As people above have suggested OP do, we decided not to address what had happened over the weekend and what we perceived as a reticence to help or be involved much, and instead added a paragraph to our handbook about what it means to us to help, as a member of our family, when doing fun activities that AP was joining us on when not officially working (dinners out, beach outings, amusement park trips, etc). We actually defined what it means to be “all for one and one for all” in our family, and how we follow this motto rather than “everyone for him or herself.” I then added some examples to the handbook about what “all for one and one for all” would look like (filling five water bottles, not just one for oneself, getting five towels together, not just one for oneself, but at the same time knowing that the lunchmaker would be making everyone lunch and the ticket buyer would be getting tickets for everyone, etc). It turned out, when we discussed this with AP, that his family at home is very “everyone for him or herself” (something we saw firsthand when family visited), so he simply was not used to helping or thinking about others. He was used to putting his plate, his cup, and his fork into the dishwasher but not helping with the general clean-up after a meal. He was used to taking his own towel and getting himself ready for the beach, but not to thinking about what a FAMILY would need for a beach outing. It was a new learning experience for him to think this way, and I am glad we identitied this early on or it would have turned into a huge issue as the year went on.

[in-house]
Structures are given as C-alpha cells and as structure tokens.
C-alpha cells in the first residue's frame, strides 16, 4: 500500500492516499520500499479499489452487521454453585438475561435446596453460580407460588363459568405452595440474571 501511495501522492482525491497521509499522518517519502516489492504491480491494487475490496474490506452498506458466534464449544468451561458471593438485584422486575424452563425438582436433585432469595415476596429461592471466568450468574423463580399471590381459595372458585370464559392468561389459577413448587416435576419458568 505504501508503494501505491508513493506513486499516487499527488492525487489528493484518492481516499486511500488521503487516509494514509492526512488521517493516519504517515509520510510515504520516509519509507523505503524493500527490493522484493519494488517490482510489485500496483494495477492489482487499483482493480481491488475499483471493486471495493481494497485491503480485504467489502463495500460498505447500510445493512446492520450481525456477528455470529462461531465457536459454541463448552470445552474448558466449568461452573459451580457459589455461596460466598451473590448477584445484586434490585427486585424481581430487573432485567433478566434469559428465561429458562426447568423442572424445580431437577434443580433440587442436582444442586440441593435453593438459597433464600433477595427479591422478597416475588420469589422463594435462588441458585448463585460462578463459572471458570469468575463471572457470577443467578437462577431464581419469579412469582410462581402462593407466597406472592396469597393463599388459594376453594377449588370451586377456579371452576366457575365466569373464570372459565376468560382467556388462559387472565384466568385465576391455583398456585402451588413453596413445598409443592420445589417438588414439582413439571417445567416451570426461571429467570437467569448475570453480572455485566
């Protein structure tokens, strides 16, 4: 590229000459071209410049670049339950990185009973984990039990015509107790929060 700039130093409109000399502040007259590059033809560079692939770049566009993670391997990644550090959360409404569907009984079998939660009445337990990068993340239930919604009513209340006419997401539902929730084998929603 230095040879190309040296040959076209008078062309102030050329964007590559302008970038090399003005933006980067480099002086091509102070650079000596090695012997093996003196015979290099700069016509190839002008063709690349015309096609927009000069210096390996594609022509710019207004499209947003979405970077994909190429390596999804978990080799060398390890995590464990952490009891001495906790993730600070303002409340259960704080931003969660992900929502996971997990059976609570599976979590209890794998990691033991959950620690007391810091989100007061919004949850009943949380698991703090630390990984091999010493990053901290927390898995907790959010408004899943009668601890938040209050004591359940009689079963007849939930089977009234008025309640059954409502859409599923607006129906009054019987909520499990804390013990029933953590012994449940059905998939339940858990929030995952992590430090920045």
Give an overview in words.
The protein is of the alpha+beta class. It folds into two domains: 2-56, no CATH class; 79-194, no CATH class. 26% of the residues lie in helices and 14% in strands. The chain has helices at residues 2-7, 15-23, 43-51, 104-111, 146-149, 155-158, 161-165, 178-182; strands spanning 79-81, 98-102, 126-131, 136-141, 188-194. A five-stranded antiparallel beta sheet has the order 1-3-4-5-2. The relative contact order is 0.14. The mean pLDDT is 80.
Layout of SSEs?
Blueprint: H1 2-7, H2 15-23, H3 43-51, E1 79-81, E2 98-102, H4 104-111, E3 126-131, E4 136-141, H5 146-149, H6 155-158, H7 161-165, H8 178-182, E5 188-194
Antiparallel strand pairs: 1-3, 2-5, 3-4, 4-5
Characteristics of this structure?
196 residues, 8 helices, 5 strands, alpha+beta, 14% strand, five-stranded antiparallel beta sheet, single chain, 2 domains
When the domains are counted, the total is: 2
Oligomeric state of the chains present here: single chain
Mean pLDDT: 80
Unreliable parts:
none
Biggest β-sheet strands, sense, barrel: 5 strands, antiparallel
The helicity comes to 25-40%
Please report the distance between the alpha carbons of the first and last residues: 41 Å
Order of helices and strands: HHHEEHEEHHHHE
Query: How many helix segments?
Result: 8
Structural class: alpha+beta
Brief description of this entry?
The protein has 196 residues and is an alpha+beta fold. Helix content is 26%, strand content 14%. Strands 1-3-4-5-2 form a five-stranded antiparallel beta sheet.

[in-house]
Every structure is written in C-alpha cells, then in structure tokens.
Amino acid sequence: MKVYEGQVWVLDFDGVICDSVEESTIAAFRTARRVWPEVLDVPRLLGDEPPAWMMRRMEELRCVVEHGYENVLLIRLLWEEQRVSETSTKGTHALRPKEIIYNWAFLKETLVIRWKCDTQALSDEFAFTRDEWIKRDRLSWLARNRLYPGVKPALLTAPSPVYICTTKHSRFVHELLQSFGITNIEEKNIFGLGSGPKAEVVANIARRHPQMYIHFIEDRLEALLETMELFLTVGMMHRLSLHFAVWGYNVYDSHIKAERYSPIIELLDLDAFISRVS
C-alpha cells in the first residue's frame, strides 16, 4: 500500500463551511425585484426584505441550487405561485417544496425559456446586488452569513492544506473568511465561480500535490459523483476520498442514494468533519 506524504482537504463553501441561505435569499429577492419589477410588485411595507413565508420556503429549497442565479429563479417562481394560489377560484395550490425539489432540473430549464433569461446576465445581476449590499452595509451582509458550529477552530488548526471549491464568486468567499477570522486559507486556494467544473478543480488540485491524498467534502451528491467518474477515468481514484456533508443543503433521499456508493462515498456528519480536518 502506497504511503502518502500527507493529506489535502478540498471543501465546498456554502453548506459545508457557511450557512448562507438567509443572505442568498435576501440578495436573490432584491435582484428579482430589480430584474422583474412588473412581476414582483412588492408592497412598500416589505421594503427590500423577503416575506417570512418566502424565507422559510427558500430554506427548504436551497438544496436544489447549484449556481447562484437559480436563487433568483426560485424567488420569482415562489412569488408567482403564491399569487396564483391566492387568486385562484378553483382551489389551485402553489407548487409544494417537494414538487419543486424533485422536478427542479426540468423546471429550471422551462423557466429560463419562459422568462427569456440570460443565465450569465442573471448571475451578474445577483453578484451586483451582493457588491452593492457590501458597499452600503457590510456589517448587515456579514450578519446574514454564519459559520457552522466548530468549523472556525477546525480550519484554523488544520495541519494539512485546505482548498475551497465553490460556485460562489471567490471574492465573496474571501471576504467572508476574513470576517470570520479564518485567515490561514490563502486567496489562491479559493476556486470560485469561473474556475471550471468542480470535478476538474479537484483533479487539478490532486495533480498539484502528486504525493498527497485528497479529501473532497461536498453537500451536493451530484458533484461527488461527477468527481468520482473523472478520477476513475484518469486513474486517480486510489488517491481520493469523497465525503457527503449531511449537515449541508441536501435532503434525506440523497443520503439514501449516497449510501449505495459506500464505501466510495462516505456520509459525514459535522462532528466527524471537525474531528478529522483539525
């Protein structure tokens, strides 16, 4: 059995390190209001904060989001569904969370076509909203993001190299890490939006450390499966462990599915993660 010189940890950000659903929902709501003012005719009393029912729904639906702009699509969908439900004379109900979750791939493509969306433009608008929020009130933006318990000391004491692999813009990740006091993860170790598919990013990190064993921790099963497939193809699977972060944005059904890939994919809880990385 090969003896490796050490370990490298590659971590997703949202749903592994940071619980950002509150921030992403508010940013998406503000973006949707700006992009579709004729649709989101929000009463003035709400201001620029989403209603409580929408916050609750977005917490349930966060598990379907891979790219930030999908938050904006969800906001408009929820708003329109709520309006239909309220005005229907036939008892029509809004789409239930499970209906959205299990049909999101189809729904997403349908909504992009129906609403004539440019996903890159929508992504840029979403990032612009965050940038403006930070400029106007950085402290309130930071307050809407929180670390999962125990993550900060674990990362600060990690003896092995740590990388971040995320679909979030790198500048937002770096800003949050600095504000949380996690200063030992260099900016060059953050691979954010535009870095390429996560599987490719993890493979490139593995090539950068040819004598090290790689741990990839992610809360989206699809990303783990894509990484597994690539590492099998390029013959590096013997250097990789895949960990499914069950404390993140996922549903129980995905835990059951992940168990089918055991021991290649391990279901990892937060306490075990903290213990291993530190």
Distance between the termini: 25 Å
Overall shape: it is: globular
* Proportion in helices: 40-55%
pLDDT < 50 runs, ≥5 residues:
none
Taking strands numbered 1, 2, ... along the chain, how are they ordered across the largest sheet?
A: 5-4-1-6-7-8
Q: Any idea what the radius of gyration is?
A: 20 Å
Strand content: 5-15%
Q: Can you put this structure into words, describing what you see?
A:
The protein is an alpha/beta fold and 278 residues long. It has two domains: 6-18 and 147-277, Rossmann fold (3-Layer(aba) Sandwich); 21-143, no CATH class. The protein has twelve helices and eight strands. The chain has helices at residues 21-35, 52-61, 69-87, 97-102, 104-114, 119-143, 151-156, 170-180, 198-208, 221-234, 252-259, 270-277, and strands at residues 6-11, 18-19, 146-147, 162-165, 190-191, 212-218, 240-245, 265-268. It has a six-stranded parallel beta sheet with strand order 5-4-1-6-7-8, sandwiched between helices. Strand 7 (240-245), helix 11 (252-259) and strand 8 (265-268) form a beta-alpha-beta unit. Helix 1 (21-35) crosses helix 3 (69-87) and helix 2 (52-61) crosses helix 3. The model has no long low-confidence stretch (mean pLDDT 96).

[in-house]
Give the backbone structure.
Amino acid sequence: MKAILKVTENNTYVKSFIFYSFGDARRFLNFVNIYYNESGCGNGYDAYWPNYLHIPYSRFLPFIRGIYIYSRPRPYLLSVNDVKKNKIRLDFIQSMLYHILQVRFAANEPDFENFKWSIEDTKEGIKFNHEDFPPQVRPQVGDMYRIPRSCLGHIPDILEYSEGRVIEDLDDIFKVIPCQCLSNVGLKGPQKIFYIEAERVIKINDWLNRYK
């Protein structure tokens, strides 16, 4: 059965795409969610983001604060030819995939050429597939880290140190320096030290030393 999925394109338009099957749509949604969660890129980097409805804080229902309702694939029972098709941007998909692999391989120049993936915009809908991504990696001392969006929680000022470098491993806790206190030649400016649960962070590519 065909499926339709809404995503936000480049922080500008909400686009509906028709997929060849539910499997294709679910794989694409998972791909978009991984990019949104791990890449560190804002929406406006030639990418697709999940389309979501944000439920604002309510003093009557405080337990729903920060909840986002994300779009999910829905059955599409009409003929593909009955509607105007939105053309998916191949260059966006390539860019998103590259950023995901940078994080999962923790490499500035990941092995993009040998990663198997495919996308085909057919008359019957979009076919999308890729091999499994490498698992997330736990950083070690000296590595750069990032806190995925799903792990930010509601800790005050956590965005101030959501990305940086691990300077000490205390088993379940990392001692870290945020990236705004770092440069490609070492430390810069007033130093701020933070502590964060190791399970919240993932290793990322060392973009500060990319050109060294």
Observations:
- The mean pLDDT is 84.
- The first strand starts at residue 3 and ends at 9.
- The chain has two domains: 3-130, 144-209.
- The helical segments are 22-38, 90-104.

Anyway – the fact that we had a not-so-great start did not mean that the year went poorly; on the contrary, we have had a great year with this AP. I actually think that seeing a major difference in expectations right from the start prompted a clearer conversation than we otherwise would have had about what we need from our AP. And I think the fact that the first weekend was so difficult made me much more clear and explicit about the rest of his training. Finally – I learned my lesson and will never allow an AP to arrive so close to Labor Day weekend again. You’d think that going on nine years of hosting, I would know all these things cold, but there are still lessons I learn the hard way! Fortunately, this blog has taught me the value of very forthright communications, proactively addressing all issues, and giving clear examples of the actions and behaviors I need to see, so I am now much better able to set things right, if/when I allow things to start off wrong. I definitely suggest OP use all three of these strategies (clear communications, proactive addressing of the issues, and clear examples of actions and behaviors she needs to see), and hopefully get the relationship reset on a better foot. Good luck!

Should be working July 1, 2015 at 2:00 am

New AP arriving in 4 weeks–and your comment, ReturningHM, reminds me to ACTIVELY manage him. If he doesn’t do something I want, this time I WILL speak up and not worry about his feelings. This time I will not let things slide….may my resolve stay firm. Active management must be my watchword.

I must also remember that one reason we are trying a bro-pair is that I think I’ll be less self-conscious about being direct and telling him what to do than I have been with girl APs. Not sure this is true but I think for whatever reason I will be more comfortable in my boss role.

Cvh July 1, 2015 at 7:45 am

SBW, I’m really looking forward to hearing about your experiences with a bropair– especially if it does help you feel comfortable asking for what you need. It’s your turn for a great ap! Keep us posted !

momo4 July 2, 2015 at 10:50 am

I’ve definitely had both types of early problems mentioned and I agree with all the comments about the importance of early identification of areas of concern and active management. I’ve learned a lot by doing it wrong!